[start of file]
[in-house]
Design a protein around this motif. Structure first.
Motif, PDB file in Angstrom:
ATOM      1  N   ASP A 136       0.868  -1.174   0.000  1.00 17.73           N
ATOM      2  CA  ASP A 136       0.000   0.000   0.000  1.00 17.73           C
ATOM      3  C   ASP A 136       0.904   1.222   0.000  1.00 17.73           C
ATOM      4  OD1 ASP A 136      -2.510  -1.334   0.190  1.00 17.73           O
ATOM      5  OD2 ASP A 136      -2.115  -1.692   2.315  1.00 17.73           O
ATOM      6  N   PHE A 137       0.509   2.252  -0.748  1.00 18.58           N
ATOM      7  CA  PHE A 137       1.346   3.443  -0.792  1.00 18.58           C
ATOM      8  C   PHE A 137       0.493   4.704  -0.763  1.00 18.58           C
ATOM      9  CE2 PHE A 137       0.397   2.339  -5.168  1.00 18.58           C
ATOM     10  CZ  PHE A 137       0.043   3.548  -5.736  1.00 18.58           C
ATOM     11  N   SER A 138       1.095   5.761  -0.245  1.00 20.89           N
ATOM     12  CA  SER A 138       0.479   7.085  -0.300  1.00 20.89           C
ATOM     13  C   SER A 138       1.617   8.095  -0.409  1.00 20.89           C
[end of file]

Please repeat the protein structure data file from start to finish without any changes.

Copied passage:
[in-house]
Design a protein around this motif. Structure first.
Motif, PDB file in Angstrom:
ATOM      1  N   ASP A 136       0.868  -1.174   0.000  1.00 17.73           N
ATOM      2  CA  ASP A 136       0.000   0.000   0.000  1.00 17.73           C
ATOM      3  C   ASP A 136       0.904   1.222   0.000  1.00 17.73           C
ATOM      4  OD1 ASP A 136      -2.510  -1.334   0.190  1.00 17.73           O
ATOM      5  OD2 ASP A 136      -2.115  -1.692   2.315  1.00 17.73           O
ATOM      6  N   PHE A 137       0.509   2.252  -0.748  1.00 18.58           N
ATOM      7  CA  PHE A 137       1.346   3.443  -0.792  1.00 18.58           C
ATOM      8  C   PHE A 137       0.493   4.704  -0.763  1.00 18.58           C
ATOM      9  CE2 PHE A 137       0.397   2.339  -5.168  1.00 18.58           C
ATOM     10  CZ  PHE A 137       0.043   3.548  -5.736  1.00 18.58           C
ATOM     11  N   SER A 138       1.095   5.761  -0.245  1.00 20.89           N
ATOM     12  CA  SER A 138       0.479   7.085  -0.300  1.00 20.89           C
ATOM     13  C   SER A 138       1.617   8.095  -0.409  1.00 20.89           C